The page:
Welcome to the October 2011 edition of The Director's Dilemma.
This newsletter provides case studies that have been written to help you to develop your judgement as a company director. The case studies are based upon real life; they focus on complex and challenging boardroom issues which can be resolved in a variety of ways. There is often no single 'correct' answer; just an answer that is more likely to work given the circumstances and personalities of the case.
Although these are real cases, the names and some circumstances have been altered to ensure anonymity. Each potential solution to the case study has different pros and cons for the individuals and companies concerned. Every month this newsletter presents an issue and several responses.
Consider: Which response would you choose and why?
Ella is chair of the board's strategy committee for a large government-owned utility business. The company is planning some necessary infrastructure which will have a life in use of approximately 50 years and which is needed to be available for the community within three years.
The industry regulator has just issued some new guidelines that, following a period of industry consultation, will become the basis for regulation in the future. They are very onerous. Industry participants are complaining and asking for the standard to be lowered but the regulator is very committed to the new standards this proposed regulation would set. The Government is supporting the regulator and the Opposition is saying that the new standards will stifle industry and would be repealed if they came into power.
The problem is that Ella's board needs to let contracts now or risk not having the infrastructure built in time. Building to meet the proposed standards will result in a costly asset that will not be able to cover its cost of capital if the standards are lowered: competing infrastructure could be developed to undercut the incumbent and the pricing regulators will not enforce a usage fee above market rates. Building to the existing standard could result in infrastructure that breaches the regulations when construction is complete. Waiting to see what the regulation is going to be before starting to build will not provide the infrastructure when it is needed.
Management is looking to the board for leadership on the issue.
What should Ella do?
Begin by quantifying the risk. If you proceed and get caught out, what will it cost to rectify? What are the chances of that happening? Multiply the two to quantify the value of the risk. Management then has some context in which to consider the decision.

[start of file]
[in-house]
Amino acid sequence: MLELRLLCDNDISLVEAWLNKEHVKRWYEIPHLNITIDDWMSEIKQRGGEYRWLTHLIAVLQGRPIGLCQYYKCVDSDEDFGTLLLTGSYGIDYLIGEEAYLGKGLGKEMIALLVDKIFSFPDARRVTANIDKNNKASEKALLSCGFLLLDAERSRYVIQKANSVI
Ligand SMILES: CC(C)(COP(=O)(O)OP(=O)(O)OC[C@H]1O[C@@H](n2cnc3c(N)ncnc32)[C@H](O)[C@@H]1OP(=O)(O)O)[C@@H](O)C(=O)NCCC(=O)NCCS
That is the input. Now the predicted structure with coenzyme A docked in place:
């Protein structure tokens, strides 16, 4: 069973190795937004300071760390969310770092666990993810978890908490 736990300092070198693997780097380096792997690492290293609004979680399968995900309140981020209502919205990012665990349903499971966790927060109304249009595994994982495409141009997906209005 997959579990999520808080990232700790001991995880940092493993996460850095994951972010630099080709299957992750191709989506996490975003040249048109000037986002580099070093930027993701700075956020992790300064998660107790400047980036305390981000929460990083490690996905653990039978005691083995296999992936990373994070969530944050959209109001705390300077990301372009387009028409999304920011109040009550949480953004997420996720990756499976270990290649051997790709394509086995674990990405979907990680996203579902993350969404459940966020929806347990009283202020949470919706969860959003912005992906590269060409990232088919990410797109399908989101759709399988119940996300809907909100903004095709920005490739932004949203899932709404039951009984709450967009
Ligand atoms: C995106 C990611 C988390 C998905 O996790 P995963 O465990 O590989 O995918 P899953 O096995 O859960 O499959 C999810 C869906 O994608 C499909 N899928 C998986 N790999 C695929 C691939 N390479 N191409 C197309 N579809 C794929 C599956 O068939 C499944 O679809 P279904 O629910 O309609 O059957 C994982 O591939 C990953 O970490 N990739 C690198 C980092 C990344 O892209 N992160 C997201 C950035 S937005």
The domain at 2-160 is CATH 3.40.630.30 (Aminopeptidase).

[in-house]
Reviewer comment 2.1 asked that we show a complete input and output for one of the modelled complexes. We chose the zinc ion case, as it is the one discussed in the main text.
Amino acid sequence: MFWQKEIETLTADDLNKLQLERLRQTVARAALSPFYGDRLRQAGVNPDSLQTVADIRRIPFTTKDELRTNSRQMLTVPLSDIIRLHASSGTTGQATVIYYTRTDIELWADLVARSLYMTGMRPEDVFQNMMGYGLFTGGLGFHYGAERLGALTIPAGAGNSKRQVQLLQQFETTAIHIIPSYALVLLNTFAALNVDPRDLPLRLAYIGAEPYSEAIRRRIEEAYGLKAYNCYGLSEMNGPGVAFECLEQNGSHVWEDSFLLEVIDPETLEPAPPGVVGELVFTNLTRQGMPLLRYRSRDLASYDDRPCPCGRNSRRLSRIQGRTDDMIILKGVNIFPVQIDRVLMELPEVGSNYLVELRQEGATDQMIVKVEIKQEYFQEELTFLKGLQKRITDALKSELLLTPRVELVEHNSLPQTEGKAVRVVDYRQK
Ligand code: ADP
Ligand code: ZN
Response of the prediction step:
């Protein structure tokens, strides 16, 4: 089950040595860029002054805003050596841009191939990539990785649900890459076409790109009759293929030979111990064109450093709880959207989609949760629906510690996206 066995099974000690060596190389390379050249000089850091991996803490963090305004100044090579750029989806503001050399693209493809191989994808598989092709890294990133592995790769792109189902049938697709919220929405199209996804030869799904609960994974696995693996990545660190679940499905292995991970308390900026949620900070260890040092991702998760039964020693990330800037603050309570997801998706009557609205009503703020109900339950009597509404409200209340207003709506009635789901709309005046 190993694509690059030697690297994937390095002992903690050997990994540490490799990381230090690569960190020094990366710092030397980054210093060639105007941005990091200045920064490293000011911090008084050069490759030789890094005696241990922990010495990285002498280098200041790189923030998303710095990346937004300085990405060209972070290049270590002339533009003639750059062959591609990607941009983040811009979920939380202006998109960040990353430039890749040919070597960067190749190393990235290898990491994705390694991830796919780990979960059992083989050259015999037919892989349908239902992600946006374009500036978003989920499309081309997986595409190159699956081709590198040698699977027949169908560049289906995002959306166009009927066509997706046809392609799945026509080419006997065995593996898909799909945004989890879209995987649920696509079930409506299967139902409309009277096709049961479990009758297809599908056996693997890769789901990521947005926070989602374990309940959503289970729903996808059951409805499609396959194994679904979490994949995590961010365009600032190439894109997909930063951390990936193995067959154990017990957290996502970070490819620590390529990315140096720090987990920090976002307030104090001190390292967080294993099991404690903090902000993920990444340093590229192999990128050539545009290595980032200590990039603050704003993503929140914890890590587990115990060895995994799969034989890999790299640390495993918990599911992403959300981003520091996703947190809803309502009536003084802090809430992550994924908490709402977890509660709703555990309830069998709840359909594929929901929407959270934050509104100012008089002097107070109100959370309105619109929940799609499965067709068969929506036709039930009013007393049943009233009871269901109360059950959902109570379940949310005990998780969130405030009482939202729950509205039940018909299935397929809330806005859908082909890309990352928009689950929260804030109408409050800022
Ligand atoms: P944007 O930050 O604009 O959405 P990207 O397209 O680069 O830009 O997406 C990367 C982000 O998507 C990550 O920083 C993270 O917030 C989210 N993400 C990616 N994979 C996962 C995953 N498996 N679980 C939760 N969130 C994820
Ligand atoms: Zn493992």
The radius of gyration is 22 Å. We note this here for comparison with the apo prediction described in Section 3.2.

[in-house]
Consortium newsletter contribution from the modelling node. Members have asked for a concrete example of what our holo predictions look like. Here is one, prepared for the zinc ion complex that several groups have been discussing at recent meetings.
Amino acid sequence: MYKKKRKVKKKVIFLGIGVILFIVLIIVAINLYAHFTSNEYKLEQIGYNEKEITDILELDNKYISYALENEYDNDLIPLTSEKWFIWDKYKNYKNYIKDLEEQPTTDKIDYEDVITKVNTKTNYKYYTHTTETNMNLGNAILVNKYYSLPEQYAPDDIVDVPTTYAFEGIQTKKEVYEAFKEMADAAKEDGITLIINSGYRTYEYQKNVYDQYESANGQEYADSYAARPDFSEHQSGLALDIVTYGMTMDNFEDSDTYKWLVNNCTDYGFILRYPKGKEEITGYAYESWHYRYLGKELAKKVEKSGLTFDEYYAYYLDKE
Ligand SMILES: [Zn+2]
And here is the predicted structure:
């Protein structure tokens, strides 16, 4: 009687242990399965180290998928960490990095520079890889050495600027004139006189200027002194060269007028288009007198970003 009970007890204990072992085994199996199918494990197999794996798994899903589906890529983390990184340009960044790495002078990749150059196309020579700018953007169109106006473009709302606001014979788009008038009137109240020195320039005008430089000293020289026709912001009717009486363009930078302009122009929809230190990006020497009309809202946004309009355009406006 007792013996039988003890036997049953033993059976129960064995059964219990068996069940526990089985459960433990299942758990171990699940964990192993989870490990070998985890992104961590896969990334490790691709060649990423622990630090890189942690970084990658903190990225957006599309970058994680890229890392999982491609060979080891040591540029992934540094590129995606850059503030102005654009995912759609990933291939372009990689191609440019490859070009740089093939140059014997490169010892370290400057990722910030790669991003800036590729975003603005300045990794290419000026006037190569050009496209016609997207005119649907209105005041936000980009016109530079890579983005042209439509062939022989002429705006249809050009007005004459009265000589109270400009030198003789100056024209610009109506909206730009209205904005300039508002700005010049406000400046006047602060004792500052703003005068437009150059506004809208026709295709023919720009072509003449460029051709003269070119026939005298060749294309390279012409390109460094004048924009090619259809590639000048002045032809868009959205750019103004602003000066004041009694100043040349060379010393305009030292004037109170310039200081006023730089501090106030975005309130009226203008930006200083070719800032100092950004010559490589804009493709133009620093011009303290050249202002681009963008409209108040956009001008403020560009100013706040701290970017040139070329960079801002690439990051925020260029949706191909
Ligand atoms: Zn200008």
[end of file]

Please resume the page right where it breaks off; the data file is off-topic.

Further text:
Waiting is not really an option, since you say that meeting the deadline is then impossible. In this scenario I'd do a number of things. First, I'd look at the project plan and see if there's any opportunity to front-load activities that are common to both possible outcomes. That way construction can get underway immediately while the regulation is pending.
Second, I'd start planning for every possible scenario in order to reduce execution time later. Whether the regulation passes or not, whether you require emergency changes to the project or not, you just take the plan off the shelf and execute it. This is part of your risk mitigation and damage control.
Third is addressing further risk mitigation and damage control: work on lowering the cost of capital so any losses are minimized.
Fourth, try to insure the risk. Then you can proceed and have your risk covered if urgent demolition and reconstruction is required.
Fifth, hedge. If these tough regulations pass, will that increase the cost of energy, suppress profits in the energy sector, or have any other predictable economic effects? If so, you can hedge your risk by betting on them. That may generate enough extra income to get you over your hurdle rate for the project in the event the regulation passes unexpectedly.
Lastly, work with government through an experienced lobbyist. Politicians have an interest in the welfare of companies and the creation of jobs in their jurisdictions. Negotiation might be possible.
Jay Lebo is a Principal at Gravitas Business Architects, based in Toronto, Canada.
As a government-owned business Ella's company must deliver the policy outcomes of the government of the day. She should keep an eye on electoral cycles and alert the department if an election is likely to be called whilst the issue is out for tender or under determination prior to award.
The Chairman, with Ella's assistance, must keep both the portfolio and the treasury Ministers informed. It is important to let the Ministers know that the project will cost more if it is to meet the new regulations and that the project is viable but at a higher price for users. The Ministers must understand that the company will build to the higher standards as these are currently foreseen and likely to be implemented.